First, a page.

There were two surprises in the Orioles’ 2020 draft. The first was that they selected Arkansas outfielder Heston Kjerstad with the second overall choice. The second was that they waited until their final pick in the fifth round on Thursday until they chose a pitcher, Iowa high school right-hander Carter Baumler.
Last year, the Orioles waited until the eighth round of the Major League Baseball draft before they took a pitcher. That draft was considered light on pitchers. This one was thought to be replete with college pitchers with credentials.
“We had pitchers all up and down our board that we thought we had in good spots,” Orioles supervisor of domestic scouting Brad Ciolek said in a video conference call on Thursday night.
“For whatever reason, we either liked a position player at that point in time better or the pitchers went right before our next selection. Unfortunately, that’s sometimes the way the draft works, and that’s ultimately what ended up happening here.”
Besides Kjerstad, the Orioles chose Mississippi State shortstop Jordan Westburg with the 30th overall pick on Wednesday. Thursday’s picks were Tulane outfielder Hudson Haskin (2nd), Mississippi shortstop Anthony Servideo (3rd), Florida high school third baseman Cody Mayo (4th) and Baumler.
Kjerstad was scouted by the Orioles with Team USA last summer, and the team was impressed.
“You could see he was one of the more consistent performers or hitters,” Ciolek said.
Watching him this spring, the Orioles were “intrigued by the bat potential and high contact in the strike zone.”
Ciolek said that Kjerstad didn’t swing and miss often with pitches in the strike zone.
“It was a blend of old school scouting and also advanced analytics that ultimately made him an extremely attractive fit in our eyes,” Ciolek said.
The Orioles liked that in his abbreviated junior year, his strikeouts were down and his on-base percentage was up. Kjerstad said that he’d worked on being more selective, and attacking pitches that he’s looking for.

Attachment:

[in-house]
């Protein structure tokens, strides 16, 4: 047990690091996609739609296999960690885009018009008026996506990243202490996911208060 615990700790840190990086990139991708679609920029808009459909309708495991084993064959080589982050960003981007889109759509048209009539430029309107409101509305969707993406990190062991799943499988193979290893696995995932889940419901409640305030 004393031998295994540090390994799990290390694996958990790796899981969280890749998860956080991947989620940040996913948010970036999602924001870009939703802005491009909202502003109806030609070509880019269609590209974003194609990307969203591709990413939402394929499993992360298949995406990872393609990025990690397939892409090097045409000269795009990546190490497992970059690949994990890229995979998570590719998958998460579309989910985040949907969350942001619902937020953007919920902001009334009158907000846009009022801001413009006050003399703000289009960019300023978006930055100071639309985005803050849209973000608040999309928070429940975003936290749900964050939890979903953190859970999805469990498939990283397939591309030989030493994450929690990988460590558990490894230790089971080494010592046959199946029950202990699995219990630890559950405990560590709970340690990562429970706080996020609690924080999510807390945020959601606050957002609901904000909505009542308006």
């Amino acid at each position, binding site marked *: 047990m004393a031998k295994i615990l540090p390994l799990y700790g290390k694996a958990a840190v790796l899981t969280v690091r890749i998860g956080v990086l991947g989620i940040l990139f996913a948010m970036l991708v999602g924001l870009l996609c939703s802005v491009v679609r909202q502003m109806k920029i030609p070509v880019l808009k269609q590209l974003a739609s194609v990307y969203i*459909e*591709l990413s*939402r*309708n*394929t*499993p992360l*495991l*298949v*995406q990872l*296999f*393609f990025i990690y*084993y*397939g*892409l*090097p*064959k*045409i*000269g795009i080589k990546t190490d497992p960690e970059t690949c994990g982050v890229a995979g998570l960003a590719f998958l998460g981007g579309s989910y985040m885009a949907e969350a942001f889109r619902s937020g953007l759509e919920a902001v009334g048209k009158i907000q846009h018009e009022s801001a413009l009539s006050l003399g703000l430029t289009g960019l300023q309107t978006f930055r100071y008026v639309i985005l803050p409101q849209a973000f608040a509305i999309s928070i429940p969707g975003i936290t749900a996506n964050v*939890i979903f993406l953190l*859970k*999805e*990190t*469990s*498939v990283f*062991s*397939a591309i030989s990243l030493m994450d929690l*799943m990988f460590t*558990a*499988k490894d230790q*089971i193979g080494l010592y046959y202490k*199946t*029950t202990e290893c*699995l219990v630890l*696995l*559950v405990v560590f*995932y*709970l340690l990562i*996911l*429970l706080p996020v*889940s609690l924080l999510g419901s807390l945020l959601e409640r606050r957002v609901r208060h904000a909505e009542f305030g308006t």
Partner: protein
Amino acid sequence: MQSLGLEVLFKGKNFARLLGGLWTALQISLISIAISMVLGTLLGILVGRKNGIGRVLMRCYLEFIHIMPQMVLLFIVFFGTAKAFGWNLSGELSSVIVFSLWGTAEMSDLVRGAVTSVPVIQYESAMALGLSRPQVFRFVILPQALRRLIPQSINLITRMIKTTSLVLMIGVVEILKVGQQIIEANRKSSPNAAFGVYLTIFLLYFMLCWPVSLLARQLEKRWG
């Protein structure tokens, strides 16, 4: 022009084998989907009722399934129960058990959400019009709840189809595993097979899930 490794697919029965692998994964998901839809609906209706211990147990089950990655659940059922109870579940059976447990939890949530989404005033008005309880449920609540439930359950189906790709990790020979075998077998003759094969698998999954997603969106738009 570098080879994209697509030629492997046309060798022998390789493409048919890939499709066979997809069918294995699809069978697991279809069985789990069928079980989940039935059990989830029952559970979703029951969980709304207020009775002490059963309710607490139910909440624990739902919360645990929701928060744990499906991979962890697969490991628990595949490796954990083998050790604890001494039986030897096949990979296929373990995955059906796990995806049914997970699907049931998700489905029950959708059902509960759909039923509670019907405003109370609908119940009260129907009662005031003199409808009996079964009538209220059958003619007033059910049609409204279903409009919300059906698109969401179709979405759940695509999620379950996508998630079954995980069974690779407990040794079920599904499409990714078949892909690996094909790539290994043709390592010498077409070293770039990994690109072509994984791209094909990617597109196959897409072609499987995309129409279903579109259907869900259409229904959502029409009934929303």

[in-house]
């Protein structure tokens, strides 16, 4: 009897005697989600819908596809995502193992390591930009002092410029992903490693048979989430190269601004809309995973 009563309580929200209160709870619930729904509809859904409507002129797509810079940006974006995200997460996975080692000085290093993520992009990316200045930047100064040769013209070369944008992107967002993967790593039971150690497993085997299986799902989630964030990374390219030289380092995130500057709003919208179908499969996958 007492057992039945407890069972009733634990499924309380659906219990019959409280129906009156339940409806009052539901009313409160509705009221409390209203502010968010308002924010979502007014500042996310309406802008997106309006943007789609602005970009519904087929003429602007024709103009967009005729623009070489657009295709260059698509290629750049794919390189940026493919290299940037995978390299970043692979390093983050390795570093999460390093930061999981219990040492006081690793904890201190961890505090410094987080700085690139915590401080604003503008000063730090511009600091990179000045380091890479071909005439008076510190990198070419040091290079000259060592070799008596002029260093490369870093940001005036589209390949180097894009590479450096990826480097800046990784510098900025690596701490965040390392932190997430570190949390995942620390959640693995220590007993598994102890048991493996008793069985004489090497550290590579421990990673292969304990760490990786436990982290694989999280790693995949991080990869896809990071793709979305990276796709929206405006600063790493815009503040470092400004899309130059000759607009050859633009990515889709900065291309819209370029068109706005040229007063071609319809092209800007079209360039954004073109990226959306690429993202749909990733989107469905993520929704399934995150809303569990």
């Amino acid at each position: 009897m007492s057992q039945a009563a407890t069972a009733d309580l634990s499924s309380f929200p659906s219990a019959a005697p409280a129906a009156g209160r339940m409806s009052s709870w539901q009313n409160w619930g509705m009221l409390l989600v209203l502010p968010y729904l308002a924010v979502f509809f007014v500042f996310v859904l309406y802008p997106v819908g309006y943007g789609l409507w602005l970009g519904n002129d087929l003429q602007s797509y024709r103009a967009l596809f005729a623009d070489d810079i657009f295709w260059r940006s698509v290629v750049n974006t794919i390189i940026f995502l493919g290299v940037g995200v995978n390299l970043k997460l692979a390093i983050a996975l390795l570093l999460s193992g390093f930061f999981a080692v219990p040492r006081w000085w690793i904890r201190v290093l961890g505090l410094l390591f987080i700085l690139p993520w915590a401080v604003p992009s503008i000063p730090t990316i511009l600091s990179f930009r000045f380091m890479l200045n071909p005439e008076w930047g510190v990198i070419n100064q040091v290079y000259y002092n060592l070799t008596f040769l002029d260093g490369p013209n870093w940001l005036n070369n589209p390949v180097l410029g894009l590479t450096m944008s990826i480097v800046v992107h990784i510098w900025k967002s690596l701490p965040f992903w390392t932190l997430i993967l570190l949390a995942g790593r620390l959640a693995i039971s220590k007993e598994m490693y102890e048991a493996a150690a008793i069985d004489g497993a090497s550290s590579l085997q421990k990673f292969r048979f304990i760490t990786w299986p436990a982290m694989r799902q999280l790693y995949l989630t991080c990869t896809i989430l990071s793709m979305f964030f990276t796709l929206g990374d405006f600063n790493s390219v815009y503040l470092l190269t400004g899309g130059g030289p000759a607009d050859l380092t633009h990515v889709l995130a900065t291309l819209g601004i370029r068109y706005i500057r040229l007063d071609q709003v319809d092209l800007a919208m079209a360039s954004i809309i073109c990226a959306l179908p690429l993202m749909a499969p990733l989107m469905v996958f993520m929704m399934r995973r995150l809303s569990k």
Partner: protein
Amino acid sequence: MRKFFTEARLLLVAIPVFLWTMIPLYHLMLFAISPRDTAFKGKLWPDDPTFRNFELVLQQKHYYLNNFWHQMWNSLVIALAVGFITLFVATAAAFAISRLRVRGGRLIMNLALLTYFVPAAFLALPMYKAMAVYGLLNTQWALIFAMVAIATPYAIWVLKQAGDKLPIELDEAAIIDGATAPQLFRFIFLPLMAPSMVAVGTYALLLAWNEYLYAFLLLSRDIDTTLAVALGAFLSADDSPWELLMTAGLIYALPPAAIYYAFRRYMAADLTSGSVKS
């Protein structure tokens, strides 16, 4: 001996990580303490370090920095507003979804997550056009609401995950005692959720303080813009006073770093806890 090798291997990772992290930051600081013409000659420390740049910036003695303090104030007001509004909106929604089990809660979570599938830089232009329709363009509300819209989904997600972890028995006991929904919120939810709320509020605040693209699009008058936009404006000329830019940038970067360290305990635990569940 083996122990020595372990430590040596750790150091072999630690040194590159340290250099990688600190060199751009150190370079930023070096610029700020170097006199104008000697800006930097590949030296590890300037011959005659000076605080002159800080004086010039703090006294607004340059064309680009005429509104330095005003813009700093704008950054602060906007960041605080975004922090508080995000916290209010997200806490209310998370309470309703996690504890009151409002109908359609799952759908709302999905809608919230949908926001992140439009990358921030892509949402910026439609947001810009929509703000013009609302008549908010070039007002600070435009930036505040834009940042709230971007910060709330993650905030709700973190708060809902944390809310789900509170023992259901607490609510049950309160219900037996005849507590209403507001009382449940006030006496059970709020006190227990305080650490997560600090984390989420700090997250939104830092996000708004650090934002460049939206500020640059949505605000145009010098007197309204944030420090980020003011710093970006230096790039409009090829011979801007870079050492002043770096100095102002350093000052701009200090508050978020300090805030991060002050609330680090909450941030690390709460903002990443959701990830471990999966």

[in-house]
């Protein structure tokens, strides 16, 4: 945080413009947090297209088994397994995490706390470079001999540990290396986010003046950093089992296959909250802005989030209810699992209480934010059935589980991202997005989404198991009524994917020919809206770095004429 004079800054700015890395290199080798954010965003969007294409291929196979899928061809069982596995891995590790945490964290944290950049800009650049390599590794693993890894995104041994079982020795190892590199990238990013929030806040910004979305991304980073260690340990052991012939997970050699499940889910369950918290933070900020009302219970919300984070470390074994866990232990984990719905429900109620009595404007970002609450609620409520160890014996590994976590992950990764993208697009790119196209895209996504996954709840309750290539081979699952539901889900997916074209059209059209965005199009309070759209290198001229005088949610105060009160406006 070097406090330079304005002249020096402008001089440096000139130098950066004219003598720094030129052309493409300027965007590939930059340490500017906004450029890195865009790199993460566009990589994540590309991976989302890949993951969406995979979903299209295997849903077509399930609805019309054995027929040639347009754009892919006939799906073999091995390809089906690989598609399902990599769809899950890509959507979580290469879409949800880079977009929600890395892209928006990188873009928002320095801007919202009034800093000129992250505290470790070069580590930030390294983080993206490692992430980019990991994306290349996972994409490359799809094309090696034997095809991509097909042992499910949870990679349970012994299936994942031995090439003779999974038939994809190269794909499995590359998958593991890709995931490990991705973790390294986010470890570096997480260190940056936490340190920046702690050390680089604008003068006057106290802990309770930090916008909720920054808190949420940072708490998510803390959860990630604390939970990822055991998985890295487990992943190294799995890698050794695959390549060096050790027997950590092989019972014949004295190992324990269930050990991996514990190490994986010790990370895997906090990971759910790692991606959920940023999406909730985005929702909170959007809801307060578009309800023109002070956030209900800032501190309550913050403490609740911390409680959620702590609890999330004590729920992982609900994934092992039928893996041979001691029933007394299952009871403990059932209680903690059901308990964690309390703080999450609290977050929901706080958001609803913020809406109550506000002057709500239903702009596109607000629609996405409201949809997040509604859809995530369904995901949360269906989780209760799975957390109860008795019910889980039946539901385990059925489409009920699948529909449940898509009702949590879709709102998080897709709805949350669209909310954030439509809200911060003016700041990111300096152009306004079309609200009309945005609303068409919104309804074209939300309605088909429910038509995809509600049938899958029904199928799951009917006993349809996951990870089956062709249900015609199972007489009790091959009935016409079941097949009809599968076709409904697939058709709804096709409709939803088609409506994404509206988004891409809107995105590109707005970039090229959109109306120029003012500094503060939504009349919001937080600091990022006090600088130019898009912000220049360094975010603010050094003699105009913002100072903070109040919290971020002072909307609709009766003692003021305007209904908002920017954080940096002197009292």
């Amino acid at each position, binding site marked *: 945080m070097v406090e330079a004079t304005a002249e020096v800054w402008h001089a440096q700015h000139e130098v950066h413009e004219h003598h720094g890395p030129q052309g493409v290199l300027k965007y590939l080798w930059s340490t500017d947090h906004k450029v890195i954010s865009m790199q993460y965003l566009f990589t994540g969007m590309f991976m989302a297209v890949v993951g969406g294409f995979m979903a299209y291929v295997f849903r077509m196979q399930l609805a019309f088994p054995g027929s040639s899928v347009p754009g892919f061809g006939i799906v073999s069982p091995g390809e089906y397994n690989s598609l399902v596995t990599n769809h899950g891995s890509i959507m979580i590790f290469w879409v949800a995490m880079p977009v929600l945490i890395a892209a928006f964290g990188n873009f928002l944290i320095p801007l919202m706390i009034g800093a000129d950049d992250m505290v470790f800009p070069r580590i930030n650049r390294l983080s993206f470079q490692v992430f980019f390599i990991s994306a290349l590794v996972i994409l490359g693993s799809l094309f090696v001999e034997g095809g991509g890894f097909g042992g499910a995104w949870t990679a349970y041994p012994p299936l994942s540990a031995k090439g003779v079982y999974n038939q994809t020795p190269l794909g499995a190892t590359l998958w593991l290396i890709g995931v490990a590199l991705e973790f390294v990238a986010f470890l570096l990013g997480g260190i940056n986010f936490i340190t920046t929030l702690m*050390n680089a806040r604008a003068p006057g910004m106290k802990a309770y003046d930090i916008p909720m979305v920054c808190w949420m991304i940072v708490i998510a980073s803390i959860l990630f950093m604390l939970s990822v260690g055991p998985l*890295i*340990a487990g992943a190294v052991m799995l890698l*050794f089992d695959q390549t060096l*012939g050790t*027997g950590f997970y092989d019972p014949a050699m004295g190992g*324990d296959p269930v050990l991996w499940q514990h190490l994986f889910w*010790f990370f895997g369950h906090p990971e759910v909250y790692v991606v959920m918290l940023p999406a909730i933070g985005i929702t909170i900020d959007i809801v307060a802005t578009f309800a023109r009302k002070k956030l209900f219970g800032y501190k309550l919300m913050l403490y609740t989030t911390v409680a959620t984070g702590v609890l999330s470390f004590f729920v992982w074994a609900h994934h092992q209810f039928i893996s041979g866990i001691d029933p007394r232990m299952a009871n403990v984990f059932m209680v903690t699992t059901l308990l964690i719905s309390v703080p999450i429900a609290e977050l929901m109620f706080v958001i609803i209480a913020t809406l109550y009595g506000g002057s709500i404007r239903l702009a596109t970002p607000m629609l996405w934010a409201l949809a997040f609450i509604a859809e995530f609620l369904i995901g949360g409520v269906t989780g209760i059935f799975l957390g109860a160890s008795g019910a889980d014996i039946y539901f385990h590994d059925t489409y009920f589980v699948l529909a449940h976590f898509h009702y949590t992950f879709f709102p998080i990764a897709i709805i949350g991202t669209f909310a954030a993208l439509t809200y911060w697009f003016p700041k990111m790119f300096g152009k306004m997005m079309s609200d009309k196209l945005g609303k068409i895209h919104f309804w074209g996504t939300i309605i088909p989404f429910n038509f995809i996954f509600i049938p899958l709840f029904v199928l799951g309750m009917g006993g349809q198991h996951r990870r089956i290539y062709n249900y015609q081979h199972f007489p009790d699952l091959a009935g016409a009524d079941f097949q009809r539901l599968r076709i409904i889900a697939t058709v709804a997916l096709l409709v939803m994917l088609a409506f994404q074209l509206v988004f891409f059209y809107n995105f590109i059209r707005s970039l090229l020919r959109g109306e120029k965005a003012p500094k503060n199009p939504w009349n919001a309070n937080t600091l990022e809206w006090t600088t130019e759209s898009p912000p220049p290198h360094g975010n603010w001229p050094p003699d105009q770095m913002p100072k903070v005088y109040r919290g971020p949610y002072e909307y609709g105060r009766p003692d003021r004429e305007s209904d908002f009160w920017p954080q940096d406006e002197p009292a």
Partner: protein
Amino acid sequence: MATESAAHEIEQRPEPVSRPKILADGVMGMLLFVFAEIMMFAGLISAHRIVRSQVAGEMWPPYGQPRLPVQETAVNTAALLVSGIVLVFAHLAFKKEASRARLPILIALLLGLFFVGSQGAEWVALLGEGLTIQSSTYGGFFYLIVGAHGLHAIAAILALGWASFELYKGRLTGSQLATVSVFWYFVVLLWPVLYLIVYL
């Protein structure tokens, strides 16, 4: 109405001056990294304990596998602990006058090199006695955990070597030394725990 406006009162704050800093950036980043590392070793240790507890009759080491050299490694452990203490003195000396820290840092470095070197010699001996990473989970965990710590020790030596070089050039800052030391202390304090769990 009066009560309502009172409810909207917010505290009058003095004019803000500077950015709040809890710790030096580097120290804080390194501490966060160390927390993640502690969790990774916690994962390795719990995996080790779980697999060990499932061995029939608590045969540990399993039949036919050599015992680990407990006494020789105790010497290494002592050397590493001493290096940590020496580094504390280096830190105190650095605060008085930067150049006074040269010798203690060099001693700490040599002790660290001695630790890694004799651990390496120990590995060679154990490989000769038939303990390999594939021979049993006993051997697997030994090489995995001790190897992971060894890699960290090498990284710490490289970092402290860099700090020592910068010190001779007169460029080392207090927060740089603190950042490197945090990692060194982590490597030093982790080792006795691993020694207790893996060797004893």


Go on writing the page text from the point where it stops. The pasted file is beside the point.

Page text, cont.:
“We were convinced that if the season had continued to progress that Heston would have been a candidate not only for the Golden Spikes Award [given to top collegiate player], but also a top five selection in the draft.”
Ciolek said that Orioles manager Brandon Hyde addressed the team’s scouts last November.
Hyde told them besides looking for hard workers who are dedicated, he wanted the scouts to keep something else in mind: “Nice don’t play.”
Ciolek said that “Heston certainly has the edge to him. He’s a fierce competitor. That’s the type of mindset and competitor that we need if we’re going to compete in the AL East.”
When Kjerstad was selected instead of Vanderbilt third baseman/outfielder Austin Martin, the speculation was that the Orioles would be able to sign him below the $7,789,900 slotted for the second pick of the draft. The team would be able to use the savings to sign other draftees for more money than their suggested slot.
Mayo and Baumler are committed to Florida and Texas Christian University and could use that as leverage if they don’t receive acceptable offers by the Orioles.
“We feel really confident in our ability to make an offer that they will deem acceptable,” Ciolek said. “And, we’re going to do everything we can to make sure we can pull that off.”
Ciolek didn’t have a dream draft in mind.
“It was essentially just ranking them and ultimately taking the best guy who was on the top of our board with each pick,” he said.
The Orioles have until August 1 to sign their draft picks. Beginning Sunday at 9 a.m., they can sign undrafted free agents for a maximum of $20,000.
“We’ll make every attempt to recruit those guys and try to sell them [on] the benefits of joining the Orioles’ organization,” Ciolek said.